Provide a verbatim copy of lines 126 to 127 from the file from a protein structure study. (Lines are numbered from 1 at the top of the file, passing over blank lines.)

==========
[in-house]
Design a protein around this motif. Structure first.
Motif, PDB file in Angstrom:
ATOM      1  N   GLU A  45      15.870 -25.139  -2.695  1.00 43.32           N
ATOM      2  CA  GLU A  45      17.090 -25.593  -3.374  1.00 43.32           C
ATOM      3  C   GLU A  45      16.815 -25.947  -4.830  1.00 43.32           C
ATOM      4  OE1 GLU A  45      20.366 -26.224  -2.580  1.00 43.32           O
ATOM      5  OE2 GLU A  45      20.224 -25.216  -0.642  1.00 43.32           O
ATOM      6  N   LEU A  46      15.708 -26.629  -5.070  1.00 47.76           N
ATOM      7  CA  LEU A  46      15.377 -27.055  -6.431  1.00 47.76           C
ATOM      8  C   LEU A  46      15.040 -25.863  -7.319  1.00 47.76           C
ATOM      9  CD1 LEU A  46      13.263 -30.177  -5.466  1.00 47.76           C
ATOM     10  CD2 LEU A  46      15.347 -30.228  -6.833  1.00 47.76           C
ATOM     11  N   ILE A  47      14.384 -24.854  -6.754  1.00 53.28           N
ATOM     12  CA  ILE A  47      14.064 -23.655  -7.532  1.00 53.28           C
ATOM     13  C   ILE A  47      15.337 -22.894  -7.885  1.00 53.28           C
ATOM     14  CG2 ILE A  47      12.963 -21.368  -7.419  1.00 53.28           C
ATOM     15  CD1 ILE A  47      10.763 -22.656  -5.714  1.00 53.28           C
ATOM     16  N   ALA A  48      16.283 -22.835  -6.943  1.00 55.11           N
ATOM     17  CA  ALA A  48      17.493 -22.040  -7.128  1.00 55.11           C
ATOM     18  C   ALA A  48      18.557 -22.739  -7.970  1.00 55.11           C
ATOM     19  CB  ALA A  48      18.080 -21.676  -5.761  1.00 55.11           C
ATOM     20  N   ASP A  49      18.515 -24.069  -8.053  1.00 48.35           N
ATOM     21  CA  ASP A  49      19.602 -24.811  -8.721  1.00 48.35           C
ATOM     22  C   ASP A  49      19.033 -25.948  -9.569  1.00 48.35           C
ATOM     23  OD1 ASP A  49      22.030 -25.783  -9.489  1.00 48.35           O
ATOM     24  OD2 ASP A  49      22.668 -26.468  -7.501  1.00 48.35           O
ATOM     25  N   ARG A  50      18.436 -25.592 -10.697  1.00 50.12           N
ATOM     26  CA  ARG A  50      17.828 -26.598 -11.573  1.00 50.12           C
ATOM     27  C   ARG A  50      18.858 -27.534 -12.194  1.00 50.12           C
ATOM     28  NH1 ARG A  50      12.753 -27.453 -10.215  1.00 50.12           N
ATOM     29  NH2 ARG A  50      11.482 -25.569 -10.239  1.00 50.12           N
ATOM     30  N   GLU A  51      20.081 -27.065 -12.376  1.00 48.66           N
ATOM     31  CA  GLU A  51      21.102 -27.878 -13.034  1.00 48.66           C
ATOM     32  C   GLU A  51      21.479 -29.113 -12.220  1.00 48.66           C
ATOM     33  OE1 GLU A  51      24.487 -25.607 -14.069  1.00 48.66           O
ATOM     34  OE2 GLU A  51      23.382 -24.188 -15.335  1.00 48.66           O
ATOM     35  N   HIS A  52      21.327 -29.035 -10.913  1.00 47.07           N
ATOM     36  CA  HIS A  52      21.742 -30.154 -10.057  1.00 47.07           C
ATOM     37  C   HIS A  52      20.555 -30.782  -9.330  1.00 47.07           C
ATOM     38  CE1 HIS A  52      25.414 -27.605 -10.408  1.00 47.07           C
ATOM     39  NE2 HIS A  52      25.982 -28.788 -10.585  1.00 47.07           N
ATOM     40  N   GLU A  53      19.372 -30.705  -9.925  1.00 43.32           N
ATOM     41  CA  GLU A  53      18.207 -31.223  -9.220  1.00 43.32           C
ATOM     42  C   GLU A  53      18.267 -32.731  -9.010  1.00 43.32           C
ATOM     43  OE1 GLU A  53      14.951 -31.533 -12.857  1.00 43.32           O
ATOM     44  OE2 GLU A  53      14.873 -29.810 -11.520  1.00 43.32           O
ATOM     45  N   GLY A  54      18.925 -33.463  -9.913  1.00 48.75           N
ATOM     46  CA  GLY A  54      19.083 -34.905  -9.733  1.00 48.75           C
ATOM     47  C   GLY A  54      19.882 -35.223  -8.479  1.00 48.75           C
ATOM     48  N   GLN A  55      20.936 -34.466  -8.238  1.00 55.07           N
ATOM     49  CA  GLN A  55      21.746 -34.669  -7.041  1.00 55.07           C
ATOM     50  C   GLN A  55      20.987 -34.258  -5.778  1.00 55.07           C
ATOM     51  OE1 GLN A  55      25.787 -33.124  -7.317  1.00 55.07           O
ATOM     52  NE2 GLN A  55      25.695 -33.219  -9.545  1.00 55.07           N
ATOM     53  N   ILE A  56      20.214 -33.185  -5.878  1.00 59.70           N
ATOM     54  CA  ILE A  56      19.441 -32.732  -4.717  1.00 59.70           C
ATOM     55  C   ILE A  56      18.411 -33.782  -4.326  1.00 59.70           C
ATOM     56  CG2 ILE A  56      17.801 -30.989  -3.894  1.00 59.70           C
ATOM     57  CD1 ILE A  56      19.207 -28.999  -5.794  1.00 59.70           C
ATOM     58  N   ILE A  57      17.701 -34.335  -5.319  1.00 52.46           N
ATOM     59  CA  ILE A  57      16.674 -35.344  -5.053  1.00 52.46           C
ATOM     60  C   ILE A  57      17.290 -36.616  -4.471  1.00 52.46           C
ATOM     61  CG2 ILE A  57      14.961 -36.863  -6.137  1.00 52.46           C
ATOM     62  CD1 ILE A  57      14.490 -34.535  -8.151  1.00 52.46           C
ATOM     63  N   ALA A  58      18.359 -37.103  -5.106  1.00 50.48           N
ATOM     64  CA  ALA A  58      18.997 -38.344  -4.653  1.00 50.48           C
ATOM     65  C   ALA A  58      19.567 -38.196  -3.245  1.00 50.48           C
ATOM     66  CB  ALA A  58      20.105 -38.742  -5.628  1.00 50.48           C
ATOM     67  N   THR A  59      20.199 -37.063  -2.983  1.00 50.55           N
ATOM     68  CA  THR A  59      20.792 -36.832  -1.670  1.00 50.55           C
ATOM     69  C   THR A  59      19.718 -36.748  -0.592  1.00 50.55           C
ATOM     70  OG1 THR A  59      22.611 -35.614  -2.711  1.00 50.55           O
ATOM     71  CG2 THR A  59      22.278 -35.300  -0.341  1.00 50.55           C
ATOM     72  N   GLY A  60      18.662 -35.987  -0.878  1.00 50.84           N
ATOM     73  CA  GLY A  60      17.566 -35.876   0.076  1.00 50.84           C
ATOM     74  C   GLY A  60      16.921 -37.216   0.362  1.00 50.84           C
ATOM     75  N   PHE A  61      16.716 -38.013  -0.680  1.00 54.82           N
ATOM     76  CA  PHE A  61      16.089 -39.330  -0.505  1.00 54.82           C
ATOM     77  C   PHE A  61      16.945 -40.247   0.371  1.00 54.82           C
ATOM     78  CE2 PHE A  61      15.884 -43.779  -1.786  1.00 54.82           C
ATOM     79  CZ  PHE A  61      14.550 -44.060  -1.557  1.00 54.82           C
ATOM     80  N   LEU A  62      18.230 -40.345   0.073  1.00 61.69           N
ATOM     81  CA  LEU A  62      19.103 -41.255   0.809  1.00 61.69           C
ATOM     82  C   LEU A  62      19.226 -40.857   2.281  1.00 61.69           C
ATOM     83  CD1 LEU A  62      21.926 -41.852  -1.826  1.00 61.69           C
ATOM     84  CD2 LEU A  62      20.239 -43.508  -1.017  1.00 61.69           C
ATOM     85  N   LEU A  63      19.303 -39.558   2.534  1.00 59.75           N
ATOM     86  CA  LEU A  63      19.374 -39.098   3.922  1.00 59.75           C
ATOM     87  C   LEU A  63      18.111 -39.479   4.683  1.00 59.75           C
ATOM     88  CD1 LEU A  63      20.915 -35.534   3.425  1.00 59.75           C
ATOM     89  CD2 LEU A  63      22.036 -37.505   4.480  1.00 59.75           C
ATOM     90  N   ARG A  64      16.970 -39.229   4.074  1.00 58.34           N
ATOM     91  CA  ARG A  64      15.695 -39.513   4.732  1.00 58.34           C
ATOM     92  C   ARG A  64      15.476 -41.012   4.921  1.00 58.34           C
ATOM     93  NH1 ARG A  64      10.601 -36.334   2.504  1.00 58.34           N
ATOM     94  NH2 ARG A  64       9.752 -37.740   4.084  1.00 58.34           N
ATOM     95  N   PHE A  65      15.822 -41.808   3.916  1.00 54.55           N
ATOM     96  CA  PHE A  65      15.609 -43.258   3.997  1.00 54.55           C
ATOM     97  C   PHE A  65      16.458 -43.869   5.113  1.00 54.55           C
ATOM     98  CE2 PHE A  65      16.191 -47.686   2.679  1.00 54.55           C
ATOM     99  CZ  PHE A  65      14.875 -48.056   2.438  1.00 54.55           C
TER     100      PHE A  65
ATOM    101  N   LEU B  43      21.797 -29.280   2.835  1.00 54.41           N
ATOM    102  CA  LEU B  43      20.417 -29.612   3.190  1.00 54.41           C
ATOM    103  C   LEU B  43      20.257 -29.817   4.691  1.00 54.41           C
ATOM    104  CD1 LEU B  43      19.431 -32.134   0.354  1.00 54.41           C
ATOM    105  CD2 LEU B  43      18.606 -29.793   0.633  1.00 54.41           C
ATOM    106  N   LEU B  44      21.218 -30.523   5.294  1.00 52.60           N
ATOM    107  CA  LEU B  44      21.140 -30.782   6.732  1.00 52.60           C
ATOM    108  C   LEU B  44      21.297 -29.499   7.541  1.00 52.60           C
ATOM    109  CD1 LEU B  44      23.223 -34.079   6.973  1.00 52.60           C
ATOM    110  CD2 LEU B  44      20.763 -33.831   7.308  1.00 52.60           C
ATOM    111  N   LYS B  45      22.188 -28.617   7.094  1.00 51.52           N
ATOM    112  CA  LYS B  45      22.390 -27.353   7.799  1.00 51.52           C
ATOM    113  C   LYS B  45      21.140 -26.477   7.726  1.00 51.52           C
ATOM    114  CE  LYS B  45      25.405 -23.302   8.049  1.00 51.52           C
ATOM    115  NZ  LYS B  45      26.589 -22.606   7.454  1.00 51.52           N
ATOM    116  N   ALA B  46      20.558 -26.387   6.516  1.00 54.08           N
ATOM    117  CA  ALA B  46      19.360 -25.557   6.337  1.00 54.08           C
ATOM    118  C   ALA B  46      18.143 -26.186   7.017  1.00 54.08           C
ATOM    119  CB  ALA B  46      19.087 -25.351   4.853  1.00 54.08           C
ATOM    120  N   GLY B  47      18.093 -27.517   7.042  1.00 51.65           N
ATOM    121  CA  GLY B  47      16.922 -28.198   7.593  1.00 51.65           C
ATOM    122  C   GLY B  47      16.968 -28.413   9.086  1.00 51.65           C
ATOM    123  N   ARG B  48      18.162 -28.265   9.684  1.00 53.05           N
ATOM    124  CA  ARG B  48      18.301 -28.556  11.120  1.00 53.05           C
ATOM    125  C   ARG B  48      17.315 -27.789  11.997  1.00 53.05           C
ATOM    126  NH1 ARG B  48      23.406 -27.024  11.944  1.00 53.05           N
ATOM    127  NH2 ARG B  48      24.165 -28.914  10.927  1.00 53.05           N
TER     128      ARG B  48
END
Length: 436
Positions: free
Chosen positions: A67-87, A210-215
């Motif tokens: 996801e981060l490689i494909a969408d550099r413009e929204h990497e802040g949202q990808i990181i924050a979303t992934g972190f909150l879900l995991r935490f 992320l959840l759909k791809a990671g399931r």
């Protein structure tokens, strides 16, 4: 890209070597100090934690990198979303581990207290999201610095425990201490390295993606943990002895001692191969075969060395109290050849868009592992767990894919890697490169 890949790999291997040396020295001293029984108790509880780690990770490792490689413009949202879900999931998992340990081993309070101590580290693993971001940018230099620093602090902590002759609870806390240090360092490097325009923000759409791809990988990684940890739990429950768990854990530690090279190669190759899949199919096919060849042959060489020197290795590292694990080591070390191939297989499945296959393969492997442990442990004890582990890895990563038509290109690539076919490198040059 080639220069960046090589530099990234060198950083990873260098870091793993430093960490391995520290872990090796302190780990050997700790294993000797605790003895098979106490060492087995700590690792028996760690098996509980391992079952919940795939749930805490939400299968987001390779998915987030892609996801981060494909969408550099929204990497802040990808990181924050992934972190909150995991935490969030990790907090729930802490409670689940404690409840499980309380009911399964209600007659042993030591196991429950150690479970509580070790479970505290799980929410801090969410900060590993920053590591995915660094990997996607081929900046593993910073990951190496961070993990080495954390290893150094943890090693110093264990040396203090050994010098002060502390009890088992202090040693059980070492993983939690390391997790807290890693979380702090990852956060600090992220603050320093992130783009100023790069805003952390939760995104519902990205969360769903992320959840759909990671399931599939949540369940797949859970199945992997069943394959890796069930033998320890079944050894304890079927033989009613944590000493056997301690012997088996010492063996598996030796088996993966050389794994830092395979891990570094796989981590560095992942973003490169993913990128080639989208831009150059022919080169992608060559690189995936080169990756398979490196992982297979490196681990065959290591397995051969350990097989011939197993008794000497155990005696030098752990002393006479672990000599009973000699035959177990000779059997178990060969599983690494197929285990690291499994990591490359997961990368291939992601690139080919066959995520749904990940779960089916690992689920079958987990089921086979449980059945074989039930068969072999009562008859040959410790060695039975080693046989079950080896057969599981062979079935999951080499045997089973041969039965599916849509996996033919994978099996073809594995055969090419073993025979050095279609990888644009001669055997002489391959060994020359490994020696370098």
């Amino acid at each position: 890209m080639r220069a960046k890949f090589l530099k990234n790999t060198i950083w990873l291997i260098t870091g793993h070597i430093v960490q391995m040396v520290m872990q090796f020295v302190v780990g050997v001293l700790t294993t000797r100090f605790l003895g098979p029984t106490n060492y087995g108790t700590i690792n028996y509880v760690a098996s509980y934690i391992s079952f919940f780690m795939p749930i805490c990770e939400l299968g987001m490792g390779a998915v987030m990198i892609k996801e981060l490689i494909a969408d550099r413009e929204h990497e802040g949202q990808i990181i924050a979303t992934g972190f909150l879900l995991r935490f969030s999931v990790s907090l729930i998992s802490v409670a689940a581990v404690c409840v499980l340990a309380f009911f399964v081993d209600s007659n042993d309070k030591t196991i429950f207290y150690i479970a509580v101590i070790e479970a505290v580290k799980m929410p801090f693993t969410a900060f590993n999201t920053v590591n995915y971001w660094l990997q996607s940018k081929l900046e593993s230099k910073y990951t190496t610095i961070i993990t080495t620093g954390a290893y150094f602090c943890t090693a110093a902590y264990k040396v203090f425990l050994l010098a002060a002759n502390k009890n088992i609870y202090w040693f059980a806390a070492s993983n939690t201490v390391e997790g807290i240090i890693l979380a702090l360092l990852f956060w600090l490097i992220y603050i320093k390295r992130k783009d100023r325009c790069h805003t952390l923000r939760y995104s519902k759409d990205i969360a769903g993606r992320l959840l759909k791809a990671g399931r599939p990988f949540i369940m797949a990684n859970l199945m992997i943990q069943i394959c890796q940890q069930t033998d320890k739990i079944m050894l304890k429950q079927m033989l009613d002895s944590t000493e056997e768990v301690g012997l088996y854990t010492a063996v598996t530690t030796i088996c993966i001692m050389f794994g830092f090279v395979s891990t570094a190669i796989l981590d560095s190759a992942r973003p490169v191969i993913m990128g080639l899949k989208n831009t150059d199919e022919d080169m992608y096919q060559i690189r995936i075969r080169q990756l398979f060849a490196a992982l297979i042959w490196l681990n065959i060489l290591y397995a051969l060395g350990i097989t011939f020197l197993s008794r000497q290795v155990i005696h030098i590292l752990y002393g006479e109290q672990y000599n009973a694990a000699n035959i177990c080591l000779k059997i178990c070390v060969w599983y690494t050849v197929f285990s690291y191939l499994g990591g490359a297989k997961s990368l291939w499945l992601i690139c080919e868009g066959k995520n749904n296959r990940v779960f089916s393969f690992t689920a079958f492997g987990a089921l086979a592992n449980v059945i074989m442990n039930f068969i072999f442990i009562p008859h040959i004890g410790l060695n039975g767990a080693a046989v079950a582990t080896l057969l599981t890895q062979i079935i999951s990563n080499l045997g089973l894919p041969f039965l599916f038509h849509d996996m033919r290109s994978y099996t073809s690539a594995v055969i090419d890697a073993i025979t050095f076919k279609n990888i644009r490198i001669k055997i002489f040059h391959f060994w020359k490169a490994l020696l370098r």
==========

ATOM    123  N   ARG B  48      18.162 -28.265   9.684  1.00 53.05           N
ATOM    124  CA  ARG B  48      18.301 -28.556  11.120  1.00 53.05           C